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Another Step Forward In The Perpetual Evolution Of Tyler, The Creator

'IGOR' Propels Tyler In The Direction Of His Production Idols

On May 20, 2019

Every week, we tell you about an album we think you need to spend time with. This week’s album is IGOR, the fourth album from Tyler, the Creator

Divulging the checkered history of Tyler, The Creator’s meteoric shock-rap rise feels as tired as the feigned disbelief over a brighter, queerer transformative arc most folks could see coming from the ashes of the old Odd Future store on Fairfax. Tired, indeed, because Tyler’s penchant for reinvention is as baseline as his green bowler hat once was; as he grew, the music followed suit. Nevertheless, indulging his output means reconciling a deep lean into a ceaseless catch-22: His potential was limitless from the beginning, but does he deserve our attention as he continues to turn his back toward his past transgressions? Is Tyler’s arc truly redemptive when we’ve reckoned with his havoc anyway? Conversely, what concession or apology does one expect from an artist approaching a decade of popularity? How sincere would it be, all considered?

IGOR is unconcerned with a reckoning that may never arrive, which proves one of its biggest assets. Its predecessor Flower Boy provided the closest substitute for that reckoning: a polished introspection on celebrity, romance, and memory that reigned in many of Tyler’s brash sonic whims while making due with his potential as a masterful pop writer. (The album also reminds us of how Tyler’s an often-formidable MC when he applies himself.) IGOR’s purview is more concerned with expanding the latter skill: Tyler’s no longer shy or coy about unnamed (or imaginary) suitors, and he doesn’t look both ways before crossing his lover’s mind. No, he spends 39 minutes hurling himself into traffic just to get their attention, before resignation strikes and peace of mind returns. It’s an understated breakup album tucked somewhere between unrequited and love triangle; ergo, it’s Tyler’s queerest work ever.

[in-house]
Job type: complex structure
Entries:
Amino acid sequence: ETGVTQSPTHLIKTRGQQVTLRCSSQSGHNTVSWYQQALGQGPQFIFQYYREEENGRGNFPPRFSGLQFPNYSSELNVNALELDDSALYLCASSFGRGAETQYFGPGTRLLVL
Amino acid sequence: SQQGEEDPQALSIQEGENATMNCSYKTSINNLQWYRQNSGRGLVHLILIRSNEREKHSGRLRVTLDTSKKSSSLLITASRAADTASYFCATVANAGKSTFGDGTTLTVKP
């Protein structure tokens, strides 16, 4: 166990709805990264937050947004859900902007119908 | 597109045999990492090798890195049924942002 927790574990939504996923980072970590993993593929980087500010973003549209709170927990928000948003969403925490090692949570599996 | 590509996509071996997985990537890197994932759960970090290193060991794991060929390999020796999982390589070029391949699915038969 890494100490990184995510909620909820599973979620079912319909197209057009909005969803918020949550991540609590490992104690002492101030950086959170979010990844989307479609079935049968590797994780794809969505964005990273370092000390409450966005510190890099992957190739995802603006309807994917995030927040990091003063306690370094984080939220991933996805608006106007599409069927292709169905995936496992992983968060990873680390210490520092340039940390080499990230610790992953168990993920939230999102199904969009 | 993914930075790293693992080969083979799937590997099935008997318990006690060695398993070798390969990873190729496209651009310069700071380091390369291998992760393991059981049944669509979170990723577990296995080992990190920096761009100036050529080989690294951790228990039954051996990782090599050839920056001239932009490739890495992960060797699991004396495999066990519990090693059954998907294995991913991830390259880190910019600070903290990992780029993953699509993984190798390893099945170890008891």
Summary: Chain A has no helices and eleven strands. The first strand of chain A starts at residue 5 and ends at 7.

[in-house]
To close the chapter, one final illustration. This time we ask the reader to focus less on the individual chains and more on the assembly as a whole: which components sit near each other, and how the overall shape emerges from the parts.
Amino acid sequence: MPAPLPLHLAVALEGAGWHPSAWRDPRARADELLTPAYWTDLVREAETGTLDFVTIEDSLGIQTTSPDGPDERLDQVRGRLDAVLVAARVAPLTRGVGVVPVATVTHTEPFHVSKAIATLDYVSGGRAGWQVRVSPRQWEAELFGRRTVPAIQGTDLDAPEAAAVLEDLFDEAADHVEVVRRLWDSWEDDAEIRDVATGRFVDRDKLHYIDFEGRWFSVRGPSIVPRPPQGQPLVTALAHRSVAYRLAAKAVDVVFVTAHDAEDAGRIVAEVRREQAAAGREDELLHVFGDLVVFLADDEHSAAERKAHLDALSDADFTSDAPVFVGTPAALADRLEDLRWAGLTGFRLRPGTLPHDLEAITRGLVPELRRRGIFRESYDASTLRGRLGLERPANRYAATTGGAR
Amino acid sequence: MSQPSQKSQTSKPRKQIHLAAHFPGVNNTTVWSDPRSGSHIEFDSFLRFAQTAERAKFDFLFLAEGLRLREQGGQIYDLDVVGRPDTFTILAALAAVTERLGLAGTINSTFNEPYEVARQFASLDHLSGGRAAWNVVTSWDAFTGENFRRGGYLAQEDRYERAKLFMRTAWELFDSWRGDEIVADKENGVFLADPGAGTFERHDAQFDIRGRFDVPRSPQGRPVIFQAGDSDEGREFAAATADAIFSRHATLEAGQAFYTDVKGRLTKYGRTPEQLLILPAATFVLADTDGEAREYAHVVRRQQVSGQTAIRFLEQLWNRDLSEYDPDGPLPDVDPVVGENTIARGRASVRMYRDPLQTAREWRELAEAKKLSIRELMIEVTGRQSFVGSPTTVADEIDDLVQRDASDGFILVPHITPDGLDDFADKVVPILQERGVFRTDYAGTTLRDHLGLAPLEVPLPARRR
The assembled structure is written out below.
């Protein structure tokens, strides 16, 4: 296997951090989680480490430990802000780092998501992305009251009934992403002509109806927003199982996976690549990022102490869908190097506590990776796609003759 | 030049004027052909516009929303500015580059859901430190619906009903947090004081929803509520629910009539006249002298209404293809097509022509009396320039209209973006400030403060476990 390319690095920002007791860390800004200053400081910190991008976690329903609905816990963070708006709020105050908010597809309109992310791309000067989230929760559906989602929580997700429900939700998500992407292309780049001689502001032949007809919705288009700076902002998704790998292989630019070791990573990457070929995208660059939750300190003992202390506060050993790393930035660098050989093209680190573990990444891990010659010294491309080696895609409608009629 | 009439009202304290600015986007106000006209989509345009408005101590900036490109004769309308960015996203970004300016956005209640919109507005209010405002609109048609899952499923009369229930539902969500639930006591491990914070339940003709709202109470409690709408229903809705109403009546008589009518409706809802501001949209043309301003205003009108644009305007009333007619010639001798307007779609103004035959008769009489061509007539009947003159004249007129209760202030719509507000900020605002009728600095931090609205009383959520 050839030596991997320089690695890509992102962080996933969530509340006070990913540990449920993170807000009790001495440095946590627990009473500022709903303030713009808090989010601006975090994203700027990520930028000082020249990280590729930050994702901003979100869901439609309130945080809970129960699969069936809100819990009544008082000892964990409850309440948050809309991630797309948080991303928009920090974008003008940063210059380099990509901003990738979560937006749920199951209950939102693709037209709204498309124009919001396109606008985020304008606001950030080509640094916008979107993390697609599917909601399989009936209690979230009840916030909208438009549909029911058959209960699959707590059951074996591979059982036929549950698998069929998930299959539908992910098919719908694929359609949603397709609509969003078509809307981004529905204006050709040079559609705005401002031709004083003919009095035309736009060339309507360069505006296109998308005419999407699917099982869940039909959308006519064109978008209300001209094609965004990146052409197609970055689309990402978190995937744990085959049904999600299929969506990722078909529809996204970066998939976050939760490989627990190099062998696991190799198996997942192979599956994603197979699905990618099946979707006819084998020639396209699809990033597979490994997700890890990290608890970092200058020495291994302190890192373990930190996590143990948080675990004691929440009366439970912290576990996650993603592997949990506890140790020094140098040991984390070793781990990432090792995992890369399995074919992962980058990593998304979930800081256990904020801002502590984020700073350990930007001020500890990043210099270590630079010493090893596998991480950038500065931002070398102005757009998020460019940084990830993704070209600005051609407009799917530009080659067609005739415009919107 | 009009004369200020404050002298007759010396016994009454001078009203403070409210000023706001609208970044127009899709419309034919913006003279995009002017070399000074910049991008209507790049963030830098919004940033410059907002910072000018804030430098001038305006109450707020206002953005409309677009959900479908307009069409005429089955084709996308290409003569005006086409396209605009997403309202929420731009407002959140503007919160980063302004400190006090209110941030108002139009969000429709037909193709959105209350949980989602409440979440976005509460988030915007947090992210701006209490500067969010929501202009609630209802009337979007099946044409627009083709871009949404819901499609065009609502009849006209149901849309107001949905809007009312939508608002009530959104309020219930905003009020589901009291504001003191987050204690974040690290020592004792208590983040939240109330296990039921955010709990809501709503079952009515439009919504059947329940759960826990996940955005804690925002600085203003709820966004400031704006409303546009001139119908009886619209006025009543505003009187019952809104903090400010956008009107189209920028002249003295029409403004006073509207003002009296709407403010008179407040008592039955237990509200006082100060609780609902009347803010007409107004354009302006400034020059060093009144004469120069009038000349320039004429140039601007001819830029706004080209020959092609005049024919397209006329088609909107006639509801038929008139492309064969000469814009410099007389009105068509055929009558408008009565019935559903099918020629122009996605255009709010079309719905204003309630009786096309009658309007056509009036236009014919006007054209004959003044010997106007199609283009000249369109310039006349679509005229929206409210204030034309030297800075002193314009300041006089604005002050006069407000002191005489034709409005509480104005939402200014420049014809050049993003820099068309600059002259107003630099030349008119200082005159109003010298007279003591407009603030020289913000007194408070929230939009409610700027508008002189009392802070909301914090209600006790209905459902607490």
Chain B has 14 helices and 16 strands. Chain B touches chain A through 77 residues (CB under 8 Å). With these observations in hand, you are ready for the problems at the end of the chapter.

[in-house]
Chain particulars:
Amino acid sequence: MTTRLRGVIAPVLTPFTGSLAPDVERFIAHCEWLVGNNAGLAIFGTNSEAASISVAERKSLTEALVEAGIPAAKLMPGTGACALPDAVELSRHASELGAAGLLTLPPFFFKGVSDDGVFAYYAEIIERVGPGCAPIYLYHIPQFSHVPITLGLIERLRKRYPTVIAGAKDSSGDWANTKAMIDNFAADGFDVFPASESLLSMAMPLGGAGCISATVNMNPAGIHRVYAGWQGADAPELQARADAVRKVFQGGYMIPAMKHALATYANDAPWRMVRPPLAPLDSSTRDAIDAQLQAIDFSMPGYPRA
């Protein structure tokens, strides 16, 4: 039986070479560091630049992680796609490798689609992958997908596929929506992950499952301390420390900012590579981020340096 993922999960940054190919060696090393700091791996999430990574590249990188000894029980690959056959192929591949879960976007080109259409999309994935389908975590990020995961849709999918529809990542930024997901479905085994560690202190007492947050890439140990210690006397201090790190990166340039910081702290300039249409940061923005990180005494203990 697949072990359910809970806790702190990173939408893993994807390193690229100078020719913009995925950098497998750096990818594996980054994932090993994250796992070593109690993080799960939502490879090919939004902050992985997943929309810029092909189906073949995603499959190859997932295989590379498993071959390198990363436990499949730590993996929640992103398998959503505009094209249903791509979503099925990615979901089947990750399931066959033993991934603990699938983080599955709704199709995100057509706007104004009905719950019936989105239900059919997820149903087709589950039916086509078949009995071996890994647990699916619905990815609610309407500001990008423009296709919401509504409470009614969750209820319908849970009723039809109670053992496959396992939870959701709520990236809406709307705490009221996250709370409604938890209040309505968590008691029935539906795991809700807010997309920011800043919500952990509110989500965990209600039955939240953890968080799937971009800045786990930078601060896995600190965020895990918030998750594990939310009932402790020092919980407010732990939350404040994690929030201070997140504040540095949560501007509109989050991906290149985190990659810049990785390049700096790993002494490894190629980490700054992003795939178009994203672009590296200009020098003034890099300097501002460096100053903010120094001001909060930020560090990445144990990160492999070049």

Ironically, IGOR is also Tyler’s first stroke at a grandiose pop record that demands our attention by cloaking and morphing his voice more than he’s ever done. His gruff baritone register becomes regular weaponry, often pitch-shifted and buried in the mix for texture more than impact. The guestlist receives the same treatment, rendered into near-indistinguishable sample triggers and stacked layers. Tyler’s been adamant about deflating any expectations for IGOR to be a rap album; the first “ayo” — denoting him rapping — arrives at just over a third of the album’s runtime. He’s also adamant about the album being nothing like its predecessors, and he’s correct: his long-proven penchant for storytelling takes a summery gloss with music that thrashes through confusion and opens wide once the central voice receives his clarity. His sonic influences remain on full display, from the 2000s soul-chop rap nods — Kanye and Pharrell continue to jump out — to the swooning epics resembling the likes of Stevie Wonder, Prince, and Roy Ayers. But all of Tyler’s oddities are preserved in some of his career’s most moving compositions to date; he not only pushes to outdo himself, he continues to succeed.